Officials ignored her pleas to treat Yaeli’s mental health problems instead of giving her cross-sex hormones, which didn’t make the teenager feel better, as she allegedly confessed in group therapy.
The suicide caused a stir in Los Angeles County at the time, with DCFS on the defensive, according to youth and family publisher The Imprint. Martinez testified at a Board of Supervisors meeting and set up a fundraiser for Yaeli’s memorial.
Other mothers shared their legal battles to stop school districts from socially transitioning children and unveil gender ideology in the curriculum.
January Littlejohn and her husband sued Florida’s Leon County school board and district officials last year for implementing a protocol that “explicitly circumvents parental notification and involvement” when a child asserts a “discordant gender identity.”
This involves treating children as the opposite sex at school and in school-spnosored activities such as overnight trips, while referring to them by their birth names and pronouns in communications with parents.
Another Florida family sued Clay County’s school district in January for its secret gender-identity meetings with their daughter, which were divulged only after the girl attempted suicide on consecutive days.
As with other adolescents whose mental health took a dive during COVID-19 lockdowns, Littlejohn’s daughter and her friends started questioning their gender in summer 2020.
Like Martinez, Littlejohn notified the school of her daughter’s problems, but was blindsided when the girl told her that school officials asked which restroom she wanted to use. The vice principal hid details of that meeting from Littlejohn, citing a nondiscrimination policy.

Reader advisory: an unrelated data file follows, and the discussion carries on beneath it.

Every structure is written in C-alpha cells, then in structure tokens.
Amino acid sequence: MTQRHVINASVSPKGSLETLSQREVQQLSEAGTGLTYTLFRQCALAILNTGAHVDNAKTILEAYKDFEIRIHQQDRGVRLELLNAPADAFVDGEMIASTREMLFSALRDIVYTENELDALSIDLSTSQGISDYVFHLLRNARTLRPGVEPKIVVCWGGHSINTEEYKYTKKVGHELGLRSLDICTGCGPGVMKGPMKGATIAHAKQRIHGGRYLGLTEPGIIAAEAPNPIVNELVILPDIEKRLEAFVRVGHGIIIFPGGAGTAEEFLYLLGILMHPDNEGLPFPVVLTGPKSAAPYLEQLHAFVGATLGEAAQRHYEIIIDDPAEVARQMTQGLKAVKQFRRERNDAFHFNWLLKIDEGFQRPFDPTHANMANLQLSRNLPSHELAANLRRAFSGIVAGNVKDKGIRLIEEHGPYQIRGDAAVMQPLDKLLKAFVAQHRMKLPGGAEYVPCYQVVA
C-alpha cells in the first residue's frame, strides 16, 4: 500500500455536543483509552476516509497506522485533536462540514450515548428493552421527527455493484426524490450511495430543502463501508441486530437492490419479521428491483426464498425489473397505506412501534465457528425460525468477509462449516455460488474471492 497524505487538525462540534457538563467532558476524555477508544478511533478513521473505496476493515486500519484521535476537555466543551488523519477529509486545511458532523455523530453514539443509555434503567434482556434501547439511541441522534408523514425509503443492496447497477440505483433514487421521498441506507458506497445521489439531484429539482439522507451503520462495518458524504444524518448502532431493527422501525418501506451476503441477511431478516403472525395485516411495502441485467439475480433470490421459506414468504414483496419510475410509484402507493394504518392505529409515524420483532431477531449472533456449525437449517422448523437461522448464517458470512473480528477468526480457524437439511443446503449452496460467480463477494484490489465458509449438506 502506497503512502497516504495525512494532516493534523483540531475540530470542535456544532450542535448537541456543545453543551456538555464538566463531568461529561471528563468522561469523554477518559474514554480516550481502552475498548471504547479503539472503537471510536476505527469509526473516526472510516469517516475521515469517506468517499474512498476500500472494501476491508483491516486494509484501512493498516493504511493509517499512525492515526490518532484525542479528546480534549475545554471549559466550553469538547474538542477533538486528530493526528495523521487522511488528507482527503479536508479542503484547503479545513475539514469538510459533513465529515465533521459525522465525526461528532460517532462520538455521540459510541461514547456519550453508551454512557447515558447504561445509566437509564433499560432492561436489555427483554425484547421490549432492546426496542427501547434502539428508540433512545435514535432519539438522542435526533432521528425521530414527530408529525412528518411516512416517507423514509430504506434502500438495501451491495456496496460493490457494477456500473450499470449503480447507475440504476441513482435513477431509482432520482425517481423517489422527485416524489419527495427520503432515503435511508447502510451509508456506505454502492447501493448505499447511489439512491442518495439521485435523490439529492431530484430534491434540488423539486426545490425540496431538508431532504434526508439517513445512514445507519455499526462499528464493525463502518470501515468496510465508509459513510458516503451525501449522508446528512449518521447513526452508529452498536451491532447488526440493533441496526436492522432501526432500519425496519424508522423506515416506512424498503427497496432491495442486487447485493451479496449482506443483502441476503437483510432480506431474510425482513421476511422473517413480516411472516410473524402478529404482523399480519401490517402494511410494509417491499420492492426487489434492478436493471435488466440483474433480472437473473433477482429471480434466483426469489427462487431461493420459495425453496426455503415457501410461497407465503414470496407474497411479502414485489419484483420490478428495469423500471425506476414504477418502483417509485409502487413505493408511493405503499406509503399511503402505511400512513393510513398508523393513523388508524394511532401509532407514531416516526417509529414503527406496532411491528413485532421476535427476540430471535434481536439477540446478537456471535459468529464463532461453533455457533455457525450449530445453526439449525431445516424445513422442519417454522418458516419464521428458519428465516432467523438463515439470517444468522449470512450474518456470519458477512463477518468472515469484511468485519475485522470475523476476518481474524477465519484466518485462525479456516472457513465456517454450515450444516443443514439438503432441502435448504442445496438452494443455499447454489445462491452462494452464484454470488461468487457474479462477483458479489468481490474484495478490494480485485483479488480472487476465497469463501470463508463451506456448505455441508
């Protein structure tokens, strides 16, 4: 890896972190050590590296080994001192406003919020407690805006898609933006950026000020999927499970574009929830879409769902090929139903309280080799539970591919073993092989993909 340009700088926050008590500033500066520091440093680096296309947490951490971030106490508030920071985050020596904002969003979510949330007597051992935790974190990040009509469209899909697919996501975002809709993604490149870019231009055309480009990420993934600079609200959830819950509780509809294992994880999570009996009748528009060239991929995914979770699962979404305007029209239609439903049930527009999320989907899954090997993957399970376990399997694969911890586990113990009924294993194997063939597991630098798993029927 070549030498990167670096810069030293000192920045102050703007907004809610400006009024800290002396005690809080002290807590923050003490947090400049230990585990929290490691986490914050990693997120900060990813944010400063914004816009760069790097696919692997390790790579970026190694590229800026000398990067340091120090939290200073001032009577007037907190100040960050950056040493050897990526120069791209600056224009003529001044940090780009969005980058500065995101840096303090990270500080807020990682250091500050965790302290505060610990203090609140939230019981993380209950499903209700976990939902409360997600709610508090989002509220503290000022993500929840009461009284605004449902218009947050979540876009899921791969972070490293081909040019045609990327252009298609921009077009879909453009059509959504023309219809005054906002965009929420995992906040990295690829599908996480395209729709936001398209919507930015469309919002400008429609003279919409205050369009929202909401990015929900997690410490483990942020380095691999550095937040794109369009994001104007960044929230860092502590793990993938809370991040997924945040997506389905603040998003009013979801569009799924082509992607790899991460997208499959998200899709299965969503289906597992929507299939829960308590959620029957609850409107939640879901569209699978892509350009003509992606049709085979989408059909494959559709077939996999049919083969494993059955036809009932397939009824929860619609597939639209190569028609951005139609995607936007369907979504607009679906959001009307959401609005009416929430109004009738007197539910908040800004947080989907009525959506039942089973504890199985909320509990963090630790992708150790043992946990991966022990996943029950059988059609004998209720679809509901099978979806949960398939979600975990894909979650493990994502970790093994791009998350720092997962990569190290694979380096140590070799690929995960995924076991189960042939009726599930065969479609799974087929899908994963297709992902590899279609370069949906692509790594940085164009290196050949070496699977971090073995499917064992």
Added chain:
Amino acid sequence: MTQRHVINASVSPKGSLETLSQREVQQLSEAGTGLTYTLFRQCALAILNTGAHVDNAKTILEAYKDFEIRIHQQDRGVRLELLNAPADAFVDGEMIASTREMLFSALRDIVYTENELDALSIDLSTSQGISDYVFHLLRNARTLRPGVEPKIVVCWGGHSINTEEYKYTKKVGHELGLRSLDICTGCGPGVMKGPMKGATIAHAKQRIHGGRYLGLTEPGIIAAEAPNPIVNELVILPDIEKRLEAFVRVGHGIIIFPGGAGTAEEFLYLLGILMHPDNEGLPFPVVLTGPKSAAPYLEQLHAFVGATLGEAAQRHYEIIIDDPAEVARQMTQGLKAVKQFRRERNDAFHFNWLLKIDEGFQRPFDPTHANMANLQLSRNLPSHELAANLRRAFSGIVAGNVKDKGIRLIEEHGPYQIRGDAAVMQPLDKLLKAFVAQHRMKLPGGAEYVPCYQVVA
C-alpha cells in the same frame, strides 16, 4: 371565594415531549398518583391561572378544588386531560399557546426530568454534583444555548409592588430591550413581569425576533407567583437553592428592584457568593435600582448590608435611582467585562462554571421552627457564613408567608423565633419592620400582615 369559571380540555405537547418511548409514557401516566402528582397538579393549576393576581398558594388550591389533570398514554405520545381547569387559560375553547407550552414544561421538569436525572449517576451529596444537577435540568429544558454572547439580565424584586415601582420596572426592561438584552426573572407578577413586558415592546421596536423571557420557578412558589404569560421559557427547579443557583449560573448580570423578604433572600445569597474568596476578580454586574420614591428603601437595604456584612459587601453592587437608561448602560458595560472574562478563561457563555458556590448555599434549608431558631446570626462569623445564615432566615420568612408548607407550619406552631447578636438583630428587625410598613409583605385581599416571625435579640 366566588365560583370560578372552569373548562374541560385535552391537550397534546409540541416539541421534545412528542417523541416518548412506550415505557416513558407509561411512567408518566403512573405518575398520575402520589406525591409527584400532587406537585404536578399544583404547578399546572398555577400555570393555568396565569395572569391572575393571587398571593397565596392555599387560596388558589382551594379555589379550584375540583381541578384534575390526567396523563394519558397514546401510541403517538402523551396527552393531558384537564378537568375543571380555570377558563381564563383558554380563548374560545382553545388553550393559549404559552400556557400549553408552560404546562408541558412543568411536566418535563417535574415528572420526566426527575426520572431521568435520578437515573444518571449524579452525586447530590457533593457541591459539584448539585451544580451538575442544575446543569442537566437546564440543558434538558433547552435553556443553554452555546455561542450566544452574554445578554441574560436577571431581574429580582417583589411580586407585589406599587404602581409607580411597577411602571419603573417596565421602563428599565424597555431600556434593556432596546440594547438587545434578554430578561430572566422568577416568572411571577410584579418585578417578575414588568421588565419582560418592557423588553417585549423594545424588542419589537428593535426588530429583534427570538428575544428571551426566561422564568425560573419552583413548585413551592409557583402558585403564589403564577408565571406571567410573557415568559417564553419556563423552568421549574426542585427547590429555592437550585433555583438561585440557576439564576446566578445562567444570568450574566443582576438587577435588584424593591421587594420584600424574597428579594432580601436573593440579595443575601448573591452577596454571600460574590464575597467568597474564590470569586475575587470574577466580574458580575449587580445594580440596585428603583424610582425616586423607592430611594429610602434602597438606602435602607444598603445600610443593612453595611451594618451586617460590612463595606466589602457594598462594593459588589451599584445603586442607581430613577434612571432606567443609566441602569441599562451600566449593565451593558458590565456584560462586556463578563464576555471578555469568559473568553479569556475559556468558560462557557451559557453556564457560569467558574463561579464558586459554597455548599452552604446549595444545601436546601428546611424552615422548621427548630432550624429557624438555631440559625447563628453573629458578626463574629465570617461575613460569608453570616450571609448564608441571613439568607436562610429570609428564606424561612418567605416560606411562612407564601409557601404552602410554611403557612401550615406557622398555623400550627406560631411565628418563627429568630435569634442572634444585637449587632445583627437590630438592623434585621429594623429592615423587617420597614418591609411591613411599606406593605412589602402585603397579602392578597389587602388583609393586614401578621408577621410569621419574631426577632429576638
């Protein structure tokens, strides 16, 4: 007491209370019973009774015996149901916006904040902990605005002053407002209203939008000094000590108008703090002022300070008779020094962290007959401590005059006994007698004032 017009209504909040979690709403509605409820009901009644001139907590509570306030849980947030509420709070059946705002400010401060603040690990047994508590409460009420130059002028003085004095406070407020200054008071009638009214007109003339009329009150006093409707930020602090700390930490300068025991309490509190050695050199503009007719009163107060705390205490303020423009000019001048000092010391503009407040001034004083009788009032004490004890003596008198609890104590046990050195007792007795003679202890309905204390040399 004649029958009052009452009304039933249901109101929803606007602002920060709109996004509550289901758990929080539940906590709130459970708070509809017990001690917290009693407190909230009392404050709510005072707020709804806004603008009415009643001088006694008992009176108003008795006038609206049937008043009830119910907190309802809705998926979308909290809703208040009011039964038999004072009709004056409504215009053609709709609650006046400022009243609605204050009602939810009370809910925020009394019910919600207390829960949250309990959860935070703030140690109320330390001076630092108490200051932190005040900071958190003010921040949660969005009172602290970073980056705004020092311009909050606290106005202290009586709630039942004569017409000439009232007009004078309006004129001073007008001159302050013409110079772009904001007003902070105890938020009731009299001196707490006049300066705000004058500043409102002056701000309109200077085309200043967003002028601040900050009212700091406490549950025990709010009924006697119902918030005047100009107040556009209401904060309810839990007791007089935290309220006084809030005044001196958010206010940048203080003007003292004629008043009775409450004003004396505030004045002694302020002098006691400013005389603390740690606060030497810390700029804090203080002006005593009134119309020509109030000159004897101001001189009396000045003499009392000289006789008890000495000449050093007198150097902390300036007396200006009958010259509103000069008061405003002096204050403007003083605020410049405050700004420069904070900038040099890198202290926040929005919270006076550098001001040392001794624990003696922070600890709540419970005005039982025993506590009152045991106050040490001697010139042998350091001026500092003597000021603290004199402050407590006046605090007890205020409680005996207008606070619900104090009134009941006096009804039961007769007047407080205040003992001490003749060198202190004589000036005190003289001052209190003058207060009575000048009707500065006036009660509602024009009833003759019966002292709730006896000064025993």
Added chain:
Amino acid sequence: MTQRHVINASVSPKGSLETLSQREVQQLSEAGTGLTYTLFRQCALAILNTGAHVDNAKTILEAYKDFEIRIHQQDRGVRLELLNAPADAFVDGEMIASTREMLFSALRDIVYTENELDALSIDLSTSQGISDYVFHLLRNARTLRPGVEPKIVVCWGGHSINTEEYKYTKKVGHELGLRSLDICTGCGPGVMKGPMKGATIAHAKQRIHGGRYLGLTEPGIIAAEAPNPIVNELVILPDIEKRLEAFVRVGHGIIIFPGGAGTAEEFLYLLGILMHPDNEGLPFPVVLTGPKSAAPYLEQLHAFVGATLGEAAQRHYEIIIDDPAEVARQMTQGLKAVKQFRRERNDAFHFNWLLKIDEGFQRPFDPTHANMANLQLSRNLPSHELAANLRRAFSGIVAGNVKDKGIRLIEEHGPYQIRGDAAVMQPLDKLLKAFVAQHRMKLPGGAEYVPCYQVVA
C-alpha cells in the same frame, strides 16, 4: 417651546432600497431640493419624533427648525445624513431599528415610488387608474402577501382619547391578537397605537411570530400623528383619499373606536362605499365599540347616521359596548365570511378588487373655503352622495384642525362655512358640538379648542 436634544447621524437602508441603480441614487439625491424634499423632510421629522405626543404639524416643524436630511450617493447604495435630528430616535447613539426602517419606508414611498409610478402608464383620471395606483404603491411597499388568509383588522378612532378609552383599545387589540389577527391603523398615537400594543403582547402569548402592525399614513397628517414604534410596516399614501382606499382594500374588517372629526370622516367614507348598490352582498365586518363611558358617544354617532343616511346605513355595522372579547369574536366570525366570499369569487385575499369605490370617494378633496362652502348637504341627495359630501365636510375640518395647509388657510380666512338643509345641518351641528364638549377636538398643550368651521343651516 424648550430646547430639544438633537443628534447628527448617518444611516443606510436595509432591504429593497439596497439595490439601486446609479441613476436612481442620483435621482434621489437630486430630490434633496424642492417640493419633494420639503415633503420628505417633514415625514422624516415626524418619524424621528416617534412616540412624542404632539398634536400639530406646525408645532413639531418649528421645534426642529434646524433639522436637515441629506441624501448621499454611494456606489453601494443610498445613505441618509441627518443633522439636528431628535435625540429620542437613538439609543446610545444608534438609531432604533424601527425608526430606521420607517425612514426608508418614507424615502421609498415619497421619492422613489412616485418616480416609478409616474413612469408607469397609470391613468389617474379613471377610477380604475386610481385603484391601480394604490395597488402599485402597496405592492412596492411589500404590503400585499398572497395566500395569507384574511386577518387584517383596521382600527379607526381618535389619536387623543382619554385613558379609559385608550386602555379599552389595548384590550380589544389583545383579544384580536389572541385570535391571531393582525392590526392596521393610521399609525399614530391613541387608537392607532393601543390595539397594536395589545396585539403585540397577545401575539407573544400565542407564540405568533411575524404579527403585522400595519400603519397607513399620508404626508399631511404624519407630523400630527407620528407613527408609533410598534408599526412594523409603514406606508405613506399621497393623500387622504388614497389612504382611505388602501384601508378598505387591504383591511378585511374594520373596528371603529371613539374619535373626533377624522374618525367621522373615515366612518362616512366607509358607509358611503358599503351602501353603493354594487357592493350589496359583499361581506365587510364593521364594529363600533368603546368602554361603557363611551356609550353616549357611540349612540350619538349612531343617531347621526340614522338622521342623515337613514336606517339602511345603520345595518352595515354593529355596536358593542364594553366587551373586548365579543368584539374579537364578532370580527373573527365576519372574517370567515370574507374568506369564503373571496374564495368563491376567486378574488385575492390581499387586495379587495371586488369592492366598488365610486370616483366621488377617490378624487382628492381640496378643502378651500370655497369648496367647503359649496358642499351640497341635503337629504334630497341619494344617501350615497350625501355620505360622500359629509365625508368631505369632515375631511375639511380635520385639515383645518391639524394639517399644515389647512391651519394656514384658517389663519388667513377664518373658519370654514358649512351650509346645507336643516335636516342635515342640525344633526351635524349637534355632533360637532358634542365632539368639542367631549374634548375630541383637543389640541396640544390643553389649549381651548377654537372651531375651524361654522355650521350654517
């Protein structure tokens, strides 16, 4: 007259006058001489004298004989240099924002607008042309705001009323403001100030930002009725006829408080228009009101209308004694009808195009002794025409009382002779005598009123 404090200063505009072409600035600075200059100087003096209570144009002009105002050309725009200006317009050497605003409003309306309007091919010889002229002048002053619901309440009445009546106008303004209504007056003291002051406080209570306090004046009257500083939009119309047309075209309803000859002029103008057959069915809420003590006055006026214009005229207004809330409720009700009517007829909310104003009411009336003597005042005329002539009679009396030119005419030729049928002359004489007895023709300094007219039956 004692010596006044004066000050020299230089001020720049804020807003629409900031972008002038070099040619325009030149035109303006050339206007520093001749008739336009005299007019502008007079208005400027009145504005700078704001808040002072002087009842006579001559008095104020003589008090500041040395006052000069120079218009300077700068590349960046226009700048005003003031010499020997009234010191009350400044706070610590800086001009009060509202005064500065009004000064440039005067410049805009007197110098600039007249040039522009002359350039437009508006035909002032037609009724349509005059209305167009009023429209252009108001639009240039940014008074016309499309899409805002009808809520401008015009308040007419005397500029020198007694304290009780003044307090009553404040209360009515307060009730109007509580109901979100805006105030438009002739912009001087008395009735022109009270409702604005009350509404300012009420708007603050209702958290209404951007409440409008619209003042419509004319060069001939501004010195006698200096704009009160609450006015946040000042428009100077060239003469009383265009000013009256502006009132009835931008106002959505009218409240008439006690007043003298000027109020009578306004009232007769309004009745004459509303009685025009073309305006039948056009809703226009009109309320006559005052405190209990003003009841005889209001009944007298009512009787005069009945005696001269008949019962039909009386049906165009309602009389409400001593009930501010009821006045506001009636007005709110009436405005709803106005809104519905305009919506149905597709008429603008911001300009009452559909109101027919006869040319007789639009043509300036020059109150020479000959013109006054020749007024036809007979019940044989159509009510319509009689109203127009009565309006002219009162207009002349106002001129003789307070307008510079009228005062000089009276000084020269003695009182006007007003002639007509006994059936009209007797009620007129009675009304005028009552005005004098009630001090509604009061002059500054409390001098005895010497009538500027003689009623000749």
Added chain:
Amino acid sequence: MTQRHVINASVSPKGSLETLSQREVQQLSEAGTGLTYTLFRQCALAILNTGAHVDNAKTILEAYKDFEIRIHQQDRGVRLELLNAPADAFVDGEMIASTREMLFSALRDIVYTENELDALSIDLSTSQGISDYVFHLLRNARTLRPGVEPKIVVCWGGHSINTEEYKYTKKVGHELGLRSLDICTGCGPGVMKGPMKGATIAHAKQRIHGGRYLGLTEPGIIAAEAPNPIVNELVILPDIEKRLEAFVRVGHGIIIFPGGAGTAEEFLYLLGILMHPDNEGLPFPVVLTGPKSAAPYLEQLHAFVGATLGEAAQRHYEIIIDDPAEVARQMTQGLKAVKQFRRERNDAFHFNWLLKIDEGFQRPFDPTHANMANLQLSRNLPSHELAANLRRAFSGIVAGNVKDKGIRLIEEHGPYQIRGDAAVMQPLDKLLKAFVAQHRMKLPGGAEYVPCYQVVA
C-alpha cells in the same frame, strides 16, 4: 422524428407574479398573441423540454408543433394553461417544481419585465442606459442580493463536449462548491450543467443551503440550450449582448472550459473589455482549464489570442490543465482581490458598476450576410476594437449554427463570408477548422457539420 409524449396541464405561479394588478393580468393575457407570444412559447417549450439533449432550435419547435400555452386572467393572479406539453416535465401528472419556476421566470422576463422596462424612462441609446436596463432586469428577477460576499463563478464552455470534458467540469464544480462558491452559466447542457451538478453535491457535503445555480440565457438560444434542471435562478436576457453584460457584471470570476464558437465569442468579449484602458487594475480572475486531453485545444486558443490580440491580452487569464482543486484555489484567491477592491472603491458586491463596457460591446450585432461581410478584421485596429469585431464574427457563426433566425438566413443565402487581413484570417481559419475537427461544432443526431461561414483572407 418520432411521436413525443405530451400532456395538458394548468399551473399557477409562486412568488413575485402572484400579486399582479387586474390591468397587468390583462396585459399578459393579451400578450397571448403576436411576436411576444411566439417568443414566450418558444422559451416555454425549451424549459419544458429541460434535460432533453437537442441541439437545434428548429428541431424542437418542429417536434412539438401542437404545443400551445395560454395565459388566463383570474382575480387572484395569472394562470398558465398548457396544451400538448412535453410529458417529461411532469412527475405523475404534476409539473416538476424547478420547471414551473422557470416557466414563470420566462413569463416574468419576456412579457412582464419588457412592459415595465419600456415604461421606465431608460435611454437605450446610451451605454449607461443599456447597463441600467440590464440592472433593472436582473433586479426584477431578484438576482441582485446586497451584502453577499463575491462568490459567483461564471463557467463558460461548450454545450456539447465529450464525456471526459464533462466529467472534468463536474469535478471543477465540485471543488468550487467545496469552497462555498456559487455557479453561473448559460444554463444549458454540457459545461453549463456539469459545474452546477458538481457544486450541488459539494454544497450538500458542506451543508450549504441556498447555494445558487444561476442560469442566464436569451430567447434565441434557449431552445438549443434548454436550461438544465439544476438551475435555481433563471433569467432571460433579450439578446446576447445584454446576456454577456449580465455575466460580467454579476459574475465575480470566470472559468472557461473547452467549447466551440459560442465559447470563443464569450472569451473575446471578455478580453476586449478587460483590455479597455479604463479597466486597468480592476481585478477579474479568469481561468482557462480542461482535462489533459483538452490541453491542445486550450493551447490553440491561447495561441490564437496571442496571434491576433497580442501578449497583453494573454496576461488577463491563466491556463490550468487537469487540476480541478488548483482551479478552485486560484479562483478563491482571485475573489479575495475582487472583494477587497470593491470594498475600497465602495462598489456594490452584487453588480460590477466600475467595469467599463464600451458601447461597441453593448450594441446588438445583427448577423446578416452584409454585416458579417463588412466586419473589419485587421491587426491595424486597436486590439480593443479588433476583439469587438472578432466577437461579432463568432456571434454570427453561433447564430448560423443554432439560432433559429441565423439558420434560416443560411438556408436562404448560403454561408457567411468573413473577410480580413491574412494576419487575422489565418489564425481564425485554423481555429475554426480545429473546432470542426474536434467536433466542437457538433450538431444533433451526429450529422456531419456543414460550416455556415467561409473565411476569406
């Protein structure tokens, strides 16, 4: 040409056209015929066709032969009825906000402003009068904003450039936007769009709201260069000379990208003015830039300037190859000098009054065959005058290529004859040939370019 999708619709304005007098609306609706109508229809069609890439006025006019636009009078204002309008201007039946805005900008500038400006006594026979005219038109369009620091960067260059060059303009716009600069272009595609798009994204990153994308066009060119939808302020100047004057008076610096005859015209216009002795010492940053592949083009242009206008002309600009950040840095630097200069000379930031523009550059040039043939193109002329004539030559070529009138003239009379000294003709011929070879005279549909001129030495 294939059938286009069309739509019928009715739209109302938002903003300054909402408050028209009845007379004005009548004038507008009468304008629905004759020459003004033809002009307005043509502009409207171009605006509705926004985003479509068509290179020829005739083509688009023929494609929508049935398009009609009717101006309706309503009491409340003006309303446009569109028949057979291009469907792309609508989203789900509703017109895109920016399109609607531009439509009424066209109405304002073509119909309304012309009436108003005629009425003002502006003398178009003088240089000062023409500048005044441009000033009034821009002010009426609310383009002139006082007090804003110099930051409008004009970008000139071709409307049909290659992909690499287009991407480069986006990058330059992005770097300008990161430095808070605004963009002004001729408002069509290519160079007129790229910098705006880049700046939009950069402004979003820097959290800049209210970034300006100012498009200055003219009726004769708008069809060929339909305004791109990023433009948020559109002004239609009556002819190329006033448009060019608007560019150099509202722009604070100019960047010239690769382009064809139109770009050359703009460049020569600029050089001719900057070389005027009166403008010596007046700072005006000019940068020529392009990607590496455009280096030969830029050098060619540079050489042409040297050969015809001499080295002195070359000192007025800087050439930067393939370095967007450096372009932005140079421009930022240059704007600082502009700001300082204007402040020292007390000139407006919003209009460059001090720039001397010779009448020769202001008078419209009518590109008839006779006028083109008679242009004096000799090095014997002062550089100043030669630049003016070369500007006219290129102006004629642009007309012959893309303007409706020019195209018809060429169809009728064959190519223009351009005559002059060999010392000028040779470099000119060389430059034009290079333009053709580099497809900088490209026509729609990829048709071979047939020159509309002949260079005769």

The mother learned of a 6-page “support plan” for her daughter that included her restroom and bunking preference, which created a “huge wedge” within the family. Littlejohn said her daughter was only celebrated at school after she started identifying as male.
Rhode Island mother and lawyer Nicole Solas got herself sued by teachers unions last summer for filing public records requests for curriculum and policies related to gender theory and children’s sexuality.
Solas said she learned from her daughter’s principal that the school uses unwritten “common practices” such as avoiding gendered terminology with the kindergartners.
She was alarmed to learn about the school’s practice of socially transitioning children without parental consent, in which students can allegedly request a “point team” of teachers, staff and mental health professionals to transition them on a set schedule.
Solas withdrew her own daughter in response. “There’s no age threshold,” she said. “There’s no really no rules on how they do this.”
The district refused to give her the number of students being transitioned, claiming it would breach student confidentiality, which Solas said is false because it has provided her similar information in the past.
She’s still waiting for a ruling on her August motion for summary judgment in the teachers unions’ lawsuit, the subject of a December hearing, according to the court docket.